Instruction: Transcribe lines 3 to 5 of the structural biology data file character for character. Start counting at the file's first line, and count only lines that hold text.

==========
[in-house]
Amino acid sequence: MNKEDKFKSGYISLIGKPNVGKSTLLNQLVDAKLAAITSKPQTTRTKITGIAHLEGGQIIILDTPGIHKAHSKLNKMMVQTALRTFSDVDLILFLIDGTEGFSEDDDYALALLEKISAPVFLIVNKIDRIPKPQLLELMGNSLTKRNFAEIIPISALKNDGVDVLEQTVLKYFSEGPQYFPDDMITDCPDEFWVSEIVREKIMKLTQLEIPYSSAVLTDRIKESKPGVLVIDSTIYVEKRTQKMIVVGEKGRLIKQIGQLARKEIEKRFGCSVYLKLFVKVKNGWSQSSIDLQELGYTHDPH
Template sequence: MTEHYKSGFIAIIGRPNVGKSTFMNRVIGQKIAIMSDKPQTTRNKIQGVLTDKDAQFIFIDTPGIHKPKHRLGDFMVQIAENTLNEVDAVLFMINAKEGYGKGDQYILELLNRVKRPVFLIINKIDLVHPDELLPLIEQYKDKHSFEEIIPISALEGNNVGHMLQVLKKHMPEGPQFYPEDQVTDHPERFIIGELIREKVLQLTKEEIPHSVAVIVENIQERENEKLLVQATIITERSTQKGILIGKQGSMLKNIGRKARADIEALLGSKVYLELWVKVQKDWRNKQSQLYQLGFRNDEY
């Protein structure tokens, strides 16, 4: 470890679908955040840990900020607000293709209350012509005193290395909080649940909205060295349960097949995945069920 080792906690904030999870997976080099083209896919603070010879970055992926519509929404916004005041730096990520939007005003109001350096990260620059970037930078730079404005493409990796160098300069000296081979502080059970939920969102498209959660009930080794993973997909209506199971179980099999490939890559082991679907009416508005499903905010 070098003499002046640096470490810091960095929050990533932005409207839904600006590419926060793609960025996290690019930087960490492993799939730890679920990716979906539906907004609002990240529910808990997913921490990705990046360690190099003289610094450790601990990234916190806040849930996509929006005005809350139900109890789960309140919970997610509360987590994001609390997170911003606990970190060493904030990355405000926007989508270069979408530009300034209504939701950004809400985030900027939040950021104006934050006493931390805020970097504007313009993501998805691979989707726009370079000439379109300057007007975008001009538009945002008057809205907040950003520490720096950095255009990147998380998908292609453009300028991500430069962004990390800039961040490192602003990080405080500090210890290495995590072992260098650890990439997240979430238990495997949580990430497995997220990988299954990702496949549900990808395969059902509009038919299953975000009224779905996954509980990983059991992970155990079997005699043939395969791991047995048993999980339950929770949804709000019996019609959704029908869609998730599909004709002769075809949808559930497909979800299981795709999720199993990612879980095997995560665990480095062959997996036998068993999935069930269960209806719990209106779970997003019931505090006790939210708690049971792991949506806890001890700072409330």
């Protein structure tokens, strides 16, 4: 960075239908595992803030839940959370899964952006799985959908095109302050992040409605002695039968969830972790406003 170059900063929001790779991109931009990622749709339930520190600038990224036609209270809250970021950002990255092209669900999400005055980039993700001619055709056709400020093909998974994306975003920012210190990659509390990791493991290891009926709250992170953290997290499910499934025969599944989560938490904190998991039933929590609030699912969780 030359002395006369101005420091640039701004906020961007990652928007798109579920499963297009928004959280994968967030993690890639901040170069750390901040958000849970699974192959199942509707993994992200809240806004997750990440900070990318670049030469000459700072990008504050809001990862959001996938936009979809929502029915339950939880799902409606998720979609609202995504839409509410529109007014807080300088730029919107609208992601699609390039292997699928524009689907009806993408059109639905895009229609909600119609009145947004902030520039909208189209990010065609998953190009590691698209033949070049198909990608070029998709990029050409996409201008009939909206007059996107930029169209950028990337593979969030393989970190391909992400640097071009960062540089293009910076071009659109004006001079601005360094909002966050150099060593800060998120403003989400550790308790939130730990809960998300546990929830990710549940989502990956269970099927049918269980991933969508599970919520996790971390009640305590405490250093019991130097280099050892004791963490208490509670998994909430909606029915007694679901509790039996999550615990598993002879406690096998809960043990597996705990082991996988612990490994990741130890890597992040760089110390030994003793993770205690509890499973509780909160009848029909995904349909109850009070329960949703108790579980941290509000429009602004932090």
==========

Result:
Template sequence: MTEHYKSGFIAIIGRPNVGKSTFMNRVIGQKIAIMSDKPQTTRNKIQGVLTDKDAQFIFIDTPGIHKPKHRLGDFMVQIAENTLNEVDAVLFMINAKEGYGKGDQYILELLNRVKRPVFLIINKIDLVHPDELLPLIEQYKDKHSFEEIIPISALEGNNVGHMLQVLKKHMPEGPQFYPEDQVTDHPERFIIGELIREKVLQLTKEEIPHSVAVIVENIQERENEKLLVQATIITERSTQKGILIGKQGSMLKNIGRKARADIEALLGSKVYLELWVKVQKDWRNKQSQLYQLGFRNDEY
């Protein structure tokens, strides 16, 4: 470890679908955040840990900020607000293709209350012509005193290395909080649940909205060295349960097949995945069920 080792906690904030999870997976080099083209896919603070010879970055992926519509929404916004005041730096990520939007005003109001350096990260620059970037930078730079404005493409990796160098300069000296081979502080059970939920969102498209959660009930080794993973997909209506199971179980099999490939890559082991679907009416508005499903905010 070098003499002046640096470490810091960095929050990533932005409207839904600006590419926060793609960025996290690019930087960490492993799939730890679920990716979906539906907004609002990240529910808990997913921490990705990046360690190099003289610094450790601990990234916190806040849930996509929006005005809350139900109890789960309140919970997610509360987590994001609390997170911003606990970190060493904030990355405000926007989508270069979408530009300034209504939701950004809400985030900027939040950021104006934050006493931390805020970097504007313009993501998805691979989707726009370079000439379109300057007007975008001009538009945002008057809205907040950003520490720096950095255009990147998380998908292609453009300028991500430069962004990390800039961040490192602003990080405080500090210890290495995590072992260098650890990439997240979430238990495997949580990430497995997220990988299954990702496949549900990808395969059902509009038919299953975000009224779905996954509980990983059991992970155990079997005699043939395969791991047995048993999980339950929770949804709000019996019609959704029908869609998730599909004709002769075809949808559930497909979800299981795709999720199993990612879980095997995560665990480095062959997996036998068993999935069930269960209806719990209106779970997003019931505090006790939210708690049971792991949506806890001890700072409330």
């Protein structure tokens, strides 16, 4: 960075239908595992803030839940959370899964952006799985959908095109302050992040409605002695039968969830972790406003 170059900063929001790779991109931009990622749709339930520190600038990224036609209270809250970021950002990255092209669900999400005055980039993700001619055709056709400020093909998974994306975003920012210190990659509390990791493991290891009926709250992170953290997290499910499934025969599944989560938490904190998991039933929590609030699912969780 030359002395006369101005420091640039701004906020961007990652928007798109579920499963297009928004959280994968967030993690890639901040170069750390901040958000849970699974192959199942509707993994992200809240806004997750990440900070990318670049030469000459700072990008504050809001990862959001996938936009979809929502029915339950939880799902409606998720979609609202995504839409509410529109007014807080300088730029919107609208992601699609390039292997699928524009689907009806993408059109639905895009229609909600119609009145947004902030520039909208189209990010065609998953190009590691698209033949070049198909990608070029998709990029050409996409201008009939909206007059996107930029169209950028990337593979969030393989970190391909992400640097071009960062540089293009910076071009659109004006001079601005360094909002966050150099060593800060998120403003989400550790308790939130730990809960998300546990929830990710549940989502990956269970099927049918269980991933969508599970919520996790971390009640305590405490250093019991130097280099050892004791963490208490509670998994909430909606029915007694679901509790039996999550615990598993002879406690096998809960043990597996705990082991996988612990490994990741130890890597992040760089110390030994003793993770205690509890499973509780909160009848029909995904349909109850009070329960949703108790579980941290509000429009602004932090």